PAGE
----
"Next, we hope to add environmental variables to the assays, for example, to mimic ultraviolet exposure or river water conditions in the solution to see how they affect toxicity," says Weiwei Zhong. "We also want to study the biological mechanism by which some particles are toxic to worms." (Credit: iStockphoto)

materials science

Tiny worms test nanoparticles for safety

Scientists tested 20 types of nanoparticles on roundworms and found that 5, including carbon-60 molecules called “buckyballs,” showed little to no toxicity.

Others were moderately or highly toxic to Caenorhabditis elegans, which the researchers observed over several generations to see the particles’ health effects.

“Nanoparticles are basically new materials, and we don’t know much about what they will do to human health and the health of the ecosystem,” says Qilin Li, an associate professor of civil and environmental engineering and of materials science and nanoengineering at Rice University.

“There have been a lot of publications showing certain nanomaterials are more toxic than others. So before we make more products that incorporate these nanomaterials, it’s important that we understand we’re not putting anything toxic into the environment or into consumer products.

“The question is, ‘How much cost can we bear?'” she says. “It’s a long and expensive process to do a thorough toxicological study of any chemical, not just nanomaterials.”

She says that due to the large variety of nanomaterials being produced at high speed and at such a large scale, there is “an urgent need for high-throughput screening techniques to prioritize which to study more extensively.”

The new pilot study proves it’s possible to gather a lot of toxicity data at low cost, says coauthor Weiwei Zhong, an assistant professor of biosciences, who has performed extensive studies on C. elegans, particularly on their gene networks.

Materials alone for each assay, including the worms and the bacteria they consumed and the culture media, cost about 50 cents, she says.

4 ways to test a nematode

The researchers used four assays to see how worms react to nanoparticles: fitness, movement, growth, and lifespan. The most sensitive assay of toxicity was fitness. In this test, the researchers mixed the nanoparticles in solutions with the bacteria that worms consume. Measuring how much bacteria they ate over time served as a measure of the worms’ “fitness.”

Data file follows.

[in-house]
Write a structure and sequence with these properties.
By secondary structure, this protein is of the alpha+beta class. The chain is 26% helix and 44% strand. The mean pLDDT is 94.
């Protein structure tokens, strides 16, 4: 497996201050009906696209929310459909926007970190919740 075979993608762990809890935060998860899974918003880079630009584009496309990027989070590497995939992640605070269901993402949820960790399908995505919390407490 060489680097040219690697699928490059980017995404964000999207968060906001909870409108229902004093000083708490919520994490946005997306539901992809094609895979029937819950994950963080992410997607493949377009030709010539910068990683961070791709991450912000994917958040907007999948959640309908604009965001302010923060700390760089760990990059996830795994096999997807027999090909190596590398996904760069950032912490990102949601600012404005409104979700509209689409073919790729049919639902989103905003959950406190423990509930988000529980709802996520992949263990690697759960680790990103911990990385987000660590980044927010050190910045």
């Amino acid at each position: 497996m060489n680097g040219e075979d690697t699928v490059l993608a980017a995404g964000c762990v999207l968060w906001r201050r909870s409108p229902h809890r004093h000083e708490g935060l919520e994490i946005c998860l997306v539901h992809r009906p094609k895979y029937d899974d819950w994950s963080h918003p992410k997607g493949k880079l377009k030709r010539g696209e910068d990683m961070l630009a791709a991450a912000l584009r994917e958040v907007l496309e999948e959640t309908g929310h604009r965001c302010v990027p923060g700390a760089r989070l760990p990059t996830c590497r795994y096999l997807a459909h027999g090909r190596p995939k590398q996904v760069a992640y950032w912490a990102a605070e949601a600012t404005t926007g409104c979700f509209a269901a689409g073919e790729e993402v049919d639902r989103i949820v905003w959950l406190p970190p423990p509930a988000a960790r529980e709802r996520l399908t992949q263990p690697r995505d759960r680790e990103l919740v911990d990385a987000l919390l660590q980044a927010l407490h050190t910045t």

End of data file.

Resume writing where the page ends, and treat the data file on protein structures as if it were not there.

“If the worms’ health is affected by the nanoparticles, they reproduce less and eat less,” Zhong says. “In the fitness assay, we monitor the worms for a week. That is long enough for us to monitor toxicity effects accumulated through three generations of worms.”

C. elegans has a life cycle of about three days, and since each can produce many offspring, a population that started at 50 would number more than 10,000 after a week. Such a large number of tested animals also enabled the fitness assay to be highly sensitive.

The researchers’ “QuantWorm” system allowed fast monitoring of worm fitness, movement, growth, and lifespan.

3 types of nanoparticles

The researchers studied a representative sampling of three classes of nanoparticles: metal, metal oxides and carbon-based. “We did not do polymeric nanoparticles because the type of polymers you can possibly have is endless,” Li explains.

They examined the toxicity of each nanoparticle at four concentrations. Their results showed C-60 fullerenes, fullerol (a fullerene derivative), titanium dioxide, titanium dioxide-decorated nanotubes, and cerium dioxide were the least damaging to worm populations.

Their “fitness” assay confirmed dose-dependent toxicity for carbon black, single- and multiwalled carbon nanotubes, graphene, graphene oxide, gold nanoparticles, and fumed silicon dioxide.

They also determined the degree to which surface chemistry affected the toxicity of some particles. While amine-functionalized multiwalled nanotubes proved highly toxic, hydroxylated nanotubes had the least toxicity, with significant differences in fitness, body length and lifespan.

Adding variables

Zhong says the method could prove its worth as a rapid way for drug or other companies to narrow the range of nanoparticles they wish to put through more expensive, dedicated toxicology testing.


“Next, we hope to add environmental variables to the assays, for example, to mimic ultraviolet exposure or river water conditions in the solution to see how they affect toxicity,” she says. “We also want to study the biological mechanism by which some particles are toxic to worms.”

Rice postdoctoral researcher Sang-Kyu Jung and alumna Xiaolei Qu, now an associate professor at Nanjing University, are lead authors of the paper. Coauthors are Rice research scientist Boanerges Aleman-Meza, graduate students Tianxiao Wang and Zheng Liu and alumna Celeste Riepe, now a graduate student at the University of California, Berkeley.

The National Institutes of Health and a Searle Scholar grant funded the research, which appears in the journal Environmental Sciences and Technology. The findings are also available on the researchers’ open-source website.

Source: Rice University

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